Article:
17. Pork with bergamont and 3 radishes: daikon, watermelon radish, and black radish paired with Domaine dela Tournelle.  (The red wine was from an area near Burgundy and paired insanely well with this pork dish. There was an incredible saltiness on the pork that brought out the flavor in a really satisfying and intense way.)
  18. Butter (that is made on premises with a yogurt culture) and assorted breads: baguette, wheat, buckwheat walnut, and semi white (rustic bread).  (You could taste the salt crystals in the butter, which is one of my favorite things in the world. There are few better things in the world together than butter and salt. Add this to 4 really awesomely baked breads, and you have a happy camper in me!)
  19. Chicken with polenta and nasturtium paired with Vin Jaune (sp?). (Unfortunately, I missed the description of the chicken. Fortunately, I didn’t miss this bite. It was insanely good and one of the most memorable of the entire evening. There was a good amount of crispy skin that made this already good chicken dish sensational. The wine was a white wine that was like a cross between sherry and white wine that was aged in barrels for 6 years with an open vat fermentation process and a veil of yeast. What all that means is that even though it smelled like sherry, it is not fortified like sherry is, which probably led to the slightly milder yet still very enjoyable flavor)
  20. Meyer lemon marmalade with meyer lemon ice paired with Castello dei Rampolla. (This was a palate cleanser. Probably due to the amount of wine at this point, I remember almost nothing about it. But I did write down that the wine was from Tuscany)
  21. Beef with persimmon, wild onion, and miner’s lettuce paired with Vincotto (I have no idea what vincotto is. I wrote it down as the “grape” and I think it was the sauce rather than the wine, but not promises on that.  The beef dish had a very memorable fatty piece that was salty and awesome. Very rich and very, very good.)
  22. Cheese course paired with Ronchi di Cialla OR Veruzzo. (The Ronchi wine was desserty and sweet, very honey-like and with a really awesome flavor. I LOVED this wine. It was sweet without being too much and even our neighbor who was a self-proclaimed dessert wine hater liked this one. Then we also had a Verduzzo which was nice, but I do not recall which one actually went with this course. (WHOOPS) The cheese itself was a la tur cheese with yuzu and we were informed to “scoop it from the bottom.” I have very little recollection of what exactly it was, but I do remember enjoying it.)  To add some confusion to the whole which goes with what (silly drunk brain), we were then served a Yellow Tea (The tea was from China and was like green tea but they let the leaves oxidize more and then stop the oxidation process by cooking them in a wok,)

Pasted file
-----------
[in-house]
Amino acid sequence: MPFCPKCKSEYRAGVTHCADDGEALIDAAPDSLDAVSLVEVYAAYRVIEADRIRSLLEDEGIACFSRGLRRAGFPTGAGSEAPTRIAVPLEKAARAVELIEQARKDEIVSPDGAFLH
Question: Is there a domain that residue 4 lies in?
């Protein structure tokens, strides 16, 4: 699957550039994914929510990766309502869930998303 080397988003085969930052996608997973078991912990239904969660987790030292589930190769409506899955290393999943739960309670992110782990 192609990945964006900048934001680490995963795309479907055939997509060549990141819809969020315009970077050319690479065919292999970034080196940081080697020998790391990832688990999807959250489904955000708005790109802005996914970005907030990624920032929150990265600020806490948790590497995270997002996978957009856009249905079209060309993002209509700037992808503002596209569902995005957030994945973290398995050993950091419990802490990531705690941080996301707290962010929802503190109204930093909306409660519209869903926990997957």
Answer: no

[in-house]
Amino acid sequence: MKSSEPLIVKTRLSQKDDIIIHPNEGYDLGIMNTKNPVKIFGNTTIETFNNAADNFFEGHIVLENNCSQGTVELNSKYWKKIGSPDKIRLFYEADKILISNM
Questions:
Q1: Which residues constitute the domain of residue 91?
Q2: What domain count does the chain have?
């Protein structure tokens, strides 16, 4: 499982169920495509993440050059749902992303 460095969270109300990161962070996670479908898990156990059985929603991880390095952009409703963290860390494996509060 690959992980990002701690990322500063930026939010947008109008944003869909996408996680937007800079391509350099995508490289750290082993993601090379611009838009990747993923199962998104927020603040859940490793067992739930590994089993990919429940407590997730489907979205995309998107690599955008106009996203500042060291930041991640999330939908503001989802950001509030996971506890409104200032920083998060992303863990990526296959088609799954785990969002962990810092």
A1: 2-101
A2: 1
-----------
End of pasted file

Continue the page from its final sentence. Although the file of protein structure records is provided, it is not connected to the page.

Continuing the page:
23. Cara cara orange sherbert with rye berries and rye foam paired with a Moscato di asti.  (I loved the way the rye berries added a nice richness and crisp to the sherbert and the sparkling Moscato was a really like pair with it.)
  24. Sunchoke cream with sunchoke chips, apple ice, sunflower seed brittle powder with Alcyon Tannat Dessert Wine. (This was a fuckin’ awesome dessert. At this moment, Cat Stevens’ Wild World started playing. And it was just perfect for that moment. Our entire corner started singing along while everyone did their own version of the happy belly dance to this dessert and wine.  This was my favorite bite of the meal. Great way to end. And the Alcyon was from Uruguay. I really want to try this again!)
  25. Hemp Seed Macarons. (These had a slightly green taste that really made for an excellent last bite. And I just love me a good macaron!)

WOW WOW WOW WOW WOW! What a meal.  It was really, truly amazing.  And even though there were 25 courses, we had wrapped up in under 3 hours. Every bite was enjoyable and it was a great meal adventure.  The entire Cat Stevens album continued to play as we wrapped up, and it was like a nostalgic journey that a lot of the diners commented on enjoying.

We just revisited our Top 10 Noms of all time, and when we looked it all over, we slotted Blanca in at #5 (just barely below Blue Hill at Stone Barns and above Bottega in Napa Valley). For reference here is the Top 10 as of March 2013:

    1. Eleven Madison Park
    2. WD-50
    3. Colicchio and Sons
    4. Blue Hill at Stone Barns
    5. Blanca
    6. Bottega (Napa)
    7. Momofuku Ko
    8. Le Bernadin
    9. Daniel
    10. Ai Fiori

Even though we tried not to at first, the fact that we were pretty drunk by the end definitely made for the last few dishes being a wee bit foggy. But still great. The service was also really fantastic, and we especially admired the sommelier who had quite the amazing pairings and knowledge about each and every sip.

Total Nom Points: 9 out of 10

9 out of 10


And we really loved both of these wines and I would like to try them again in the very near future (maybe when a bit less inebriated):

DSCF1031 DSCF1034



Colicchio and Sons Dining Room: Chef’s Seasonal Tasting Menu Revisited

26 Feb

As is our annual tradition, we went to a surprise Valentine’s Day dinner again this year. This time, it was Mike’s turn to come up with the location. He told me a few months before that he wanted to return to one of our favorites, to see if it could remain in the top.